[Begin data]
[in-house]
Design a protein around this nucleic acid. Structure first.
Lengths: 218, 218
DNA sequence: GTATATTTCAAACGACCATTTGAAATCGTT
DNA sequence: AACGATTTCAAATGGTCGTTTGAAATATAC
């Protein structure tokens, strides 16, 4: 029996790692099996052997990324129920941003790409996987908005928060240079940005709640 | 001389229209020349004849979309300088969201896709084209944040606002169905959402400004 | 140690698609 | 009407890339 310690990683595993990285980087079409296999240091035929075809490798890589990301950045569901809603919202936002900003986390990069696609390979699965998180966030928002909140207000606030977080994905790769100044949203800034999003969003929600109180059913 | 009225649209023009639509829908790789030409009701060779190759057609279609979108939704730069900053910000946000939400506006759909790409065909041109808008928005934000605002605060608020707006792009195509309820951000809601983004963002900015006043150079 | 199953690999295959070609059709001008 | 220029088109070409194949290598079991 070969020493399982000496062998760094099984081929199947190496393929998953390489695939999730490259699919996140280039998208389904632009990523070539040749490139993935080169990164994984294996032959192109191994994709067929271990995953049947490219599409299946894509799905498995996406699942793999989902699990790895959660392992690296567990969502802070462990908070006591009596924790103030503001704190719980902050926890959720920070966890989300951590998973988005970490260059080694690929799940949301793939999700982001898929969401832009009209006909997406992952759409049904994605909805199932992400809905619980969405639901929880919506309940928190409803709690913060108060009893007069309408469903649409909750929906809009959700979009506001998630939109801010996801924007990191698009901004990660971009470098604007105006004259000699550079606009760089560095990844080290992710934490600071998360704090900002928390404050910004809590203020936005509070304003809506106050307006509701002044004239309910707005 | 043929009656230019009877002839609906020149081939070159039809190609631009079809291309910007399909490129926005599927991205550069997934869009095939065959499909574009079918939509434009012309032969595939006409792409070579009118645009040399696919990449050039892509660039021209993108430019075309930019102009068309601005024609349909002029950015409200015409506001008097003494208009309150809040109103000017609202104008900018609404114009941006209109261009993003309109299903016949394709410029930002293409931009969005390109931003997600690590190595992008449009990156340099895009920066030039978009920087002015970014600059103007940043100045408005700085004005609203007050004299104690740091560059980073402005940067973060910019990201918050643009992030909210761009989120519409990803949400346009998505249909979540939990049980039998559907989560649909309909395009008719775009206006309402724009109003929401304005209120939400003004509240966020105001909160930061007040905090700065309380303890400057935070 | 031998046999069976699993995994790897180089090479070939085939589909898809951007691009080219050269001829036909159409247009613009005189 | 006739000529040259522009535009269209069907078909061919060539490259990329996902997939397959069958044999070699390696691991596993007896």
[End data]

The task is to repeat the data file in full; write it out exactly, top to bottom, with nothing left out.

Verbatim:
[in-house]
Design a protein around this nucleic acid. Structure first.
Lengths: 218, 218
DNA sequence: GTATATTTCAAACGACCATTTGAAATCGTT
DNA sequence: AACGATTTCAAATGGTCGTTTGAAATATAC
């Protein structure tokens, strides 16, 4: 029996790692099996052997990324129920941003790409996987908005928060240079940005709640 | 001389229209020349004849979309300088969201896709084209944040606002169905959402400004 | 140690698609 | 009407890339 310690990683595993990285980087079409296999240091035929075809490798890589990301950045569901809603919202936002900003986390990069696609390979699965998180966030928002909140207000606030977080994905790769100044949203800034999003969003929600109180059913 | 009225649209023009639509829908790789030409009701060779190759057609279609979108939704730069900053910000946000939400506006759909790409065909041109808008928005934000605002605060608020707006792009195509309820951000809601983004963002900015006043150079 | 199953690999295959070609059709001008 | 220029088109070409194949290598079991 070969020493399982000496062998760094099984081929199947190496393929998953390489695939999730490259699919996140280039998208389904632009990523070539040749490139993935080169990164994984294996032959192109191994994709067929271990995953049947490219599409299946894509799905498995996406699942793999989902699990790895959660392992690296567990969502802070462990908070006591009596924790103030503001704190719980902050926890959720920070966890989300951590998973988005970490260059080694690929799940949301793939999700982001898929969401832009009209006909997406992952759409049904994605909805199932992400809905619980969405639901929880919506309940928190409803709690913060108060009893007069309408469903649409909750929906809009959700979009506001998630939109801010996801924007990191698009901004990660971009470098604007105006004259000699550079606009760089560095990844080290992710934490600071998360704090900002928390404050910004809590203020936005509070304003809506106050307006509701002044004239309910707005 | 043929009656230019009877002839609906020149081939070159039809190609631009079809291309910007399909490129926005599927991205550069997934869009095939065959499909574009079918939509434009012309032969595939006409792409070579009118645009040399696919990449050039892509660039021209993108430019075309930019102009068309601005024609349909002029950015409200015409506001008097003494208009309150809040109103000017609202104008900018609404114009941006209109261009993003309109299903016949394709410029930002293409931009969005390109931003997600690590190595992008449009990156340099895009920066030039978009920087002015970014600059103007940043100045408005700085004005609203007050004299104690740091560059980073402005940067973060910019990201918050643009992030909210761009989120519409990803949400346009998505249909979540939990049980039998559907989560649909309909395009008719775009206006309402724009109003929401304005209120939400003004509240966020105001909160930061007040905090700065309380303890400057935070 | 031998046999069976699993995994790897180089090479070939085939589909898809951007691009080219050269001829036909159409247009613009005189 | 006739000529040259522009535009269209069907078909061919060539490259990329996902997939397959069958044999070699390696691991596993007896």